Saturday August 17 2013 Doors Open at 20:30 / 21:00 Concert Sharp!

Logothetis Ensemble / Vasana String Trio

Vasana String trio starts at 21:00 Sharp!
Doors Open at 20:30
Please come on time!

Scores by Anestis Logothetis (1921-1994)
Music by The Logothetis Ensemble (Werner Durand, Richard Douglas-Green, Michael McInerney and Michael Neil)

Anestis Logothetis (1921 – 1994) was one of the first – and remains one of the finest – artists to work simultaneously in the auditory and visual domains. His drawings take their start from Western traditions of musical notation before moving out into feasts of virtuosic penmanship. As scores, these images identify every aspect of the musical work which accompanies them, whilst remaining open to new technological developments.

Blending acoustic, electro-acoustic and computer-generated resources, the Logothetis Ensemble creates a rich and satisfying tapestry of sound. As each piece is performed, the appropriate drawings are projected on the screens above, providing that rare experience, a truly unified audio-visual event.

The Logothetis Project

The Greek/Austrian composer Anestis Logothetis was the forefather of contemporary electro-acoustic audio-visual art. After finding a new way of working with notation and sound in 1959, he developed a relationship between music and the visual which gave rise to a body of extraordinary works – electronic compositions, chamber and orchestral works, an opera which has not yet been fully realised as a live performance, and several hundred amazing scores.

It is the scores which form the core of his extraordinary oeuvre. From the composition in 1959 of Struktur/Textur/Spiegel/Spiel onwards, he worked with a new notational paradigm which he had devised, a paradigm which, in his own words, created ‘an equivalence between the visual and acoustic’ (‘though literally speaking, such an equivalence is not physically possible’) *. Logothetis’ achievement was to approach the acts of writing to and reading from musical performance in a totally new way so that the score might ‘sustain a high level of representational accuracy, at least in the visualisation/representation of internal sonic movement,’ whilst preserving ‘interpretative flexibility’ *.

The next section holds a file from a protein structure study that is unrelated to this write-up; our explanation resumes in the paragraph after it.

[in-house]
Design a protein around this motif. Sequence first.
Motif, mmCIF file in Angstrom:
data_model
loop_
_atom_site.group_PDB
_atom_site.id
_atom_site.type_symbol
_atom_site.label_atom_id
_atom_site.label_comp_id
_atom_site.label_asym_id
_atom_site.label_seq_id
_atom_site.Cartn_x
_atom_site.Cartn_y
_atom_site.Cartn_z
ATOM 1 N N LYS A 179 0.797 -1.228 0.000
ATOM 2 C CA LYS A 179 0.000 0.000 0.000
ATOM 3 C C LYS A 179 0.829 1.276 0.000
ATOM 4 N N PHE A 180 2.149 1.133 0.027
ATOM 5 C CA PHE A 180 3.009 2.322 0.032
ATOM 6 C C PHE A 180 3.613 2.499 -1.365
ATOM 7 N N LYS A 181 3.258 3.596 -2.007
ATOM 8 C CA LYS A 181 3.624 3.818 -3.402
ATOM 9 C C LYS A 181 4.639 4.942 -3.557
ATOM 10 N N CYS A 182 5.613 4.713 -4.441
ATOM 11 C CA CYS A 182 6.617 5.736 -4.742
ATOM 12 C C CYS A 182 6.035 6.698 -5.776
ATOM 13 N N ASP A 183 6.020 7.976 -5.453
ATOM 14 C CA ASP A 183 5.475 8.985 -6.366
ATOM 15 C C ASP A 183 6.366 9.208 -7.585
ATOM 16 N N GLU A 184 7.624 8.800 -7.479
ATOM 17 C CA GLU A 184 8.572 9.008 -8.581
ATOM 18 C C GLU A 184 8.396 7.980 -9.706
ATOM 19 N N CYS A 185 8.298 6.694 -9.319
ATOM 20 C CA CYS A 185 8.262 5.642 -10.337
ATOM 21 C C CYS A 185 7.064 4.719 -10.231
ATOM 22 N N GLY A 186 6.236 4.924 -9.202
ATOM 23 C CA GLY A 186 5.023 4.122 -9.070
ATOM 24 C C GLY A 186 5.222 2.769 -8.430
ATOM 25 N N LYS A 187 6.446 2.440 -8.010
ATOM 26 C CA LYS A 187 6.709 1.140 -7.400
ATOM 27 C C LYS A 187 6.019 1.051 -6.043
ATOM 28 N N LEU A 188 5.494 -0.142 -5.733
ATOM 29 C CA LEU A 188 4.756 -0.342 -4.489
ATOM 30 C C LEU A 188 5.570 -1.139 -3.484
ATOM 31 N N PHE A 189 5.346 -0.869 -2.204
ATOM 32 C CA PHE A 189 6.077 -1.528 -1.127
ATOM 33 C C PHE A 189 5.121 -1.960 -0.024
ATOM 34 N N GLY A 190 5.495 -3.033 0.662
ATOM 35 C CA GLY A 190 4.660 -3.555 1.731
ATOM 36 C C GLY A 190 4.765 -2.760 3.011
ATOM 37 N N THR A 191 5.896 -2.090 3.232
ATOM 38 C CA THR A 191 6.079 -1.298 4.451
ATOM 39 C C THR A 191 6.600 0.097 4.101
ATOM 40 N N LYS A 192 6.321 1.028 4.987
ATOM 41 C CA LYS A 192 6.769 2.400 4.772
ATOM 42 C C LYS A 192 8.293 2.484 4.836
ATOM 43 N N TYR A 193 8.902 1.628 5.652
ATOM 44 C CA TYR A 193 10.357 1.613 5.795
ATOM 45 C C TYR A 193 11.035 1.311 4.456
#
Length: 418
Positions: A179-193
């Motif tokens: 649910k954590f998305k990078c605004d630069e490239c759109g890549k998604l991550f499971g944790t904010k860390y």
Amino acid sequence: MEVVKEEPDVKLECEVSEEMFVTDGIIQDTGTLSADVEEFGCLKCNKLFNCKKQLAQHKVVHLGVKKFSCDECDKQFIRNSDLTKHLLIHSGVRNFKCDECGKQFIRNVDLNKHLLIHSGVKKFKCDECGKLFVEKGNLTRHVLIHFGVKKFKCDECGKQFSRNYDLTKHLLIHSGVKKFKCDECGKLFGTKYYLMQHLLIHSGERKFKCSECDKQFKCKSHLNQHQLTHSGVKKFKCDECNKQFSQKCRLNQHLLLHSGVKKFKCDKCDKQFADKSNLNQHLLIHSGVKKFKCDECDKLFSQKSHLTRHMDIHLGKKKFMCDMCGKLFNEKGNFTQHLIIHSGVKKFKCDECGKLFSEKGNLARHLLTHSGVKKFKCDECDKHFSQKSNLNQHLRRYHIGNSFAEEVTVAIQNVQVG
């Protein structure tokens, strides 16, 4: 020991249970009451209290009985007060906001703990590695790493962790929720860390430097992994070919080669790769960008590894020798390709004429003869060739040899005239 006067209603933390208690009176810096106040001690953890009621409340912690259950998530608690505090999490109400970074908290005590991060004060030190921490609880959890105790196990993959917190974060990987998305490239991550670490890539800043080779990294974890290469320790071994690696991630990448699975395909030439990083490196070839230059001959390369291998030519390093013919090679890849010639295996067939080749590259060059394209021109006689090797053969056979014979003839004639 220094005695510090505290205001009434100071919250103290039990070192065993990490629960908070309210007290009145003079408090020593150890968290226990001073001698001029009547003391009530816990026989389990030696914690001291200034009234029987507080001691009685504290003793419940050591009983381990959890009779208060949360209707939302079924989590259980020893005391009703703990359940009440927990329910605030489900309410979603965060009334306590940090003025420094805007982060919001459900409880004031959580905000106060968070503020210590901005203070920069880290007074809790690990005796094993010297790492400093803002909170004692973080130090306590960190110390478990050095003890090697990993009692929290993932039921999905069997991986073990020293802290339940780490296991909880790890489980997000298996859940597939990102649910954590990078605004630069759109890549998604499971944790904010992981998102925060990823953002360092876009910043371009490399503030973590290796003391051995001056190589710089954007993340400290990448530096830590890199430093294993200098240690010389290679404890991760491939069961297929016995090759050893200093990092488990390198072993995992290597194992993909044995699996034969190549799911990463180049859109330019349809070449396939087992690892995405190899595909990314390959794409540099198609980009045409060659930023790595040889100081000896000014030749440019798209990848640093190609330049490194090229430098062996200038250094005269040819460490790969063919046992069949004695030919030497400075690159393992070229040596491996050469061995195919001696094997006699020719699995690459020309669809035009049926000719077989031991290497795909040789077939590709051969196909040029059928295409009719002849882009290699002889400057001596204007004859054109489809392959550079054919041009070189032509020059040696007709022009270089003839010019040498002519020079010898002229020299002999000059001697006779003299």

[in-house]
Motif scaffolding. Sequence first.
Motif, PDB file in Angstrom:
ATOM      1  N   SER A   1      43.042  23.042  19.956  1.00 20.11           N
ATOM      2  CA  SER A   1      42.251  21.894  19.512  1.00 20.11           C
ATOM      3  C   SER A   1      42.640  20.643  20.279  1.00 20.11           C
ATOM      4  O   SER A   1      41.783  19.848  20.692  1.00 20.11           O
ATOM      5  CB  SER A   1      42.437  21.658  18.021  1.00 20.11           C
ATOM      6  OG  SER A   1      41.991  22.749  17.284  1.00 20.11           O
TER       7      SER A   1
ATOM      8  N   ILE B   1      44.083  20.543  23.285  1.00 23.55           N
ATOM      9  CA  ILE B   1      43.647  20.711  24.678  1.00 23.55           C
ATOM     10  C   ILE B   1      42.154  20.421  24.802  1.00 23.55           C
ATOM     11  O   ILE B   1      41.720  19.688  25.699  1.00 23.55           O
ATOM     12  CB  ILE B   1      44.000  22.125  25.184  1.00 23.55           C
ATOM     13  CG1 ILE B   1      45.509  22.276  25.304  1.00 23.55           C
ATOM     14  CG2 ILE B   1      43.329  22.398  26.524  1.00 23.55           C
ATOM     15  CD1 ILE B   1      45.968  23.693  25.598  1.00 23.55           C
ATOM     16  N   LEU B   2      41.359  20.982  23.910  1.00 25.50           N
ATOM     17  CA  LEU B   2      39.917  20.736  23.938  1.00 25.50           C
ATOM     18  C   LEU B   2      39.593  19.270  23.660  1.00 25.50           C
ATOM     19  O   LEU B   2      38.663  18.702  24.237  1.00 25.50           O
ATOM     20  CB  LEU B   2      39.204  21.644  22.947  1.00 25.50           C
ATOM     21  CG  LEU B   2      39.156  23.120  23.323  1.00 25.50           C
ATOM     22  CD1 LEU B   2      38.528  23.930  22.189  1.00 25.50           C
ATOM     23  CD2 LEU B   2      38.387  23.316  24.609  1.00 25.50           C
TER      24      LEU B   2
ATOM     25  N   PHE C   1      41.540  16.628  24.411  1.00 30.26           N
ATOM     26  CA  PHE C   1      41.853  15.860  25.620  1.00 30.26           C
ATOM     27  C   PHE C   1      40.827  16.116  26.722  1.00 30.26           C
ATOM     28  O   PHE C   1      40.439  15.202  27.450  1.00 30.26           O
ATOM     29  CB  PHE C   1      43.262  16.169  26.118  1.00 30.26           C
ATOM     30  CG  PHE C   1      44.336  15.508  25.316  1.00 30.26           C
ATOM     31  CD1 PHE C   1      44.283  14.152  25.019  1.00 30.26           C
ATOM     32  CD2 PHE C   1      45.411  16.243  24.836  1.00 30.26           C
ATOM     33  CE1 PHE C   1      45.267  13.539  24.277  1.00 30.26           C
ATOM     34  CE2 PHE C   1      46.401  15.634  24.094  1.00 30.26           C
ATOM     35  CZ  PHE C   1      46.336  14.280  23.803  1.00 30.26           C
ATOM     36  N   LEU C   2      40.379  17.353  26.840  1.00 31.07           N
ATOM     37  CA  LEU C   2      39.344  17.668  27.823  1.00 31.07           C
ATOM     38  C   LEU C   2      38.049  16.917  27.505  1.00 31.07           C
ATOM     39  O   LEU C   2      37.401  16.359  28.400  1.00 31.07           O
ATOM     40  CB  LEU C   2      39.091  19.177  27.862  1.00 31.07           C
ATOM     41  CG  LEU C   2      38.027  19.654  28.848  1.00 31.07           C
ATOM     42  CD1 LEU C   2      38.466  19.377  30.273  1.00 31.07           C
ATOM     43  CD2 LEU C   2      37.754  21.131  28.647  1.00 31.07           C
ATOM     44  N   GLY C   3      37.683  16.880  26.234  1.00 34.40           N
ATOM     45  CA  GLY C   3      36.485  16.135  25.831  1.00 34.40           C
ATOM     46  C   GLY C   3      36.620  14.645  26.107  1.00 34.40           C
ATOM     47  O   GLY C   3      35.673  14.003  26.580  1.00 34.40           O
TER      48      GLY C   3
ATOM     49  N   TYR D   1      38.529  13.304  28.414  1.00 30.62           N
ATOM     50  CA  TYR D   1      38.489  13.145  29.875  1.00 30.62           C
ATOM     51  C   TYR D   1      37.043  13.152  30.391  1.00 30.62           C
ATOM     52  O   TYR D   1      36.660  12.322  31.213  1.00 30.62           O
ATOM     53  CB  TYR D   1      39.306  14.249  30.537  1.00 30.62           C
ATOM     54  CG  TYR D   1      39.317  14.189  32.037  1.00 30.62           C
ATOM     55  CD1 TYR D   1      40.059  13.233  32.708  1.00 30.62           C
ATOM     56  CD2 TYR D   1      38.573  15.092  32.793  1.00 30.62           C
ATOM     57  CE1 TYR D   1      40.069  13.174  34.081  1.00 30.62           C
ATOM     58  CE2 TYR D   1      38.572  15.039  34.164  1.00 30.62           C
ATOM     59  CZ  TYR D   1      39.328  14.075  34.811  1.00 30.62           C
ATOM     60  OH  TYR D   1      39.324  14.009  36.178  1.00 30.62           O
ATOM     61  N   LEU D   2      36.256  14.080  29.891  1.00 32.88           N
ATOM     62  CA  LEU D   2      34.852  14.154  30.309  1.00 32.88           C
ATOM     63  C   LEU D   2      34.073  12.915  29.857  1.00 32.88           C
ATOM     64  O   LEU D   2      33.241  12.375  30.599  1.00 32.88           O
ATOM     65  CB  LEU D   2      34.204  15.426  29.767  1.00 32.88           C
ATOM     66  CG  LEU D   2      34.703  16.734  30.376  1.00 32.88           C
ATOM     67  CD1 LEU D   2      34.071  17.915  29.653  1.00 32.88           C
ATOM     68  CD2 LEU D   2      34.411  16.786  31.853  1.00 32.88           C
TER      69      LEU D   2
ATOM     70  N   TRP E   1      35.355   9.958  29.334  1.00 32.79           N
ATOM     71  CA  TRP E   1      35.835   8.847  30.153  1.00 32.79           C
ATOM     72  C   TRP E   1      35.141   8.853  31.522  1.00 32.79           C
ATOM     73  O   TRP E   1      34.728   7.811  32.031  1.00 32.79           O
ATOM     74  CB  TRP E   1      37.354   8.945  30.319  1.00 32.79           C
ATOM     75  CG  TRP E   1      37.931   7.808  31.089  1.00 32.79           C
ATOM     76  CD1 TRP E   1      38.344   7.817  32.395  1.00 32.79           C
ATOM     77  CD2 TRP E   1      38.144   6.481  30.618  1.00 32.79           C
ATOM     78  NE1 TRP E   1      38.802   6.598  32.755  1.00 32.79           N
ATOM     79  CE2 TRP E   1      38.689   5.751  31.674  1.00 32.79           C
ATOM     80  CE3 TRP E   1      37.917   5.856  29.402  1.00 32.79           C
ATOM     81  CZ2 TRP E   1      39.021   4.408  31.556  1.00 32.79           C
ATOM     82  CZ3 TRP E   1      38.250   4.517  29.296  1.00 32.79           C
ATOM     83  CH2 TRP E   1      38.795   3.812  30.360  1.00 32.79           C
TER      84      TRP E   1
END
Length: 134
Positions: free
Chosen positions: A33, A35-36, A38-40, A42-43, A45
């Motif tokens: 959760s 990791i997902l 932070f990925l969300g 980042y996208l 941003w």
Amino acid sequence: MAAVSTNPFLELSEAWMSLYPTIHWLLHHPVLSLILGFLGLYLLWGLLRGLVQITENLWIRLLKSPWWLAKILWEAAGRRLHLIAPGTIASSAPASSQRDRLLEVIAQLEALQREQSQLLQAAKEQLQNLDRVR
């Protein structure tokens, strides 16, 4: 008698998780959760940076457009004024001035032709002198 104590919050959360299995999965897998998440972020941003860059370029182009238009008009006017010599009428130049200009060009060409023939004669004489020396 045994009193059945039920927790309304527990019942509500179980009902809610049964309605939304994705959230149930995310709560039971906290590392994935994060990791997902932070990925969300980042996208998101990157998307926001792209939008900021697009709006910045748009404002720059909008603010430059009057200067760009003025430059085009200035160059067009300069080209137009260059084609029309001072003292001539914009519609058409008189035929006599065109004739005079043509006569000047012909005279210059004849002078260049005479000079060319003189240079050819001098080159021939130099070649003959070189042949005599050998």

Not only that, but they look beautiful. Logothetis was also a gifted visual artist and he worked at his scores in the same way a visual artist might – making layouts and sketches before completing the final illustration. The results are almost as nourishing to the eye as their realisation in sound is to the ear.

And this is where the Logothetis Project ensemble take their cue: we work painstakingly – taking resources from recent technological development and our own electronic and acoustic practices – to find a sonic event which is rich and evocative whilst remaining faithful to every nuance of Herr Logothetis’ pen. Then, in performance, beautiful drawing (projected on screens behind us) and live sonic realisation (using all the resources of today – laptops, synthesised choirs, live sound manipulation and live interface between acoustic instruments and electronic technology) are presented simultaneously. It is a simple idea, and a strong one: the Logothetis Project ensemble – despite the frequent density of its soundworld – allows time for patient reflection on the links between the visual design and its sonic realisation. It is the experience of hovering in that uncertain mimetic field which forms the exquisite kernel of the aesthetic experience that these events make possible.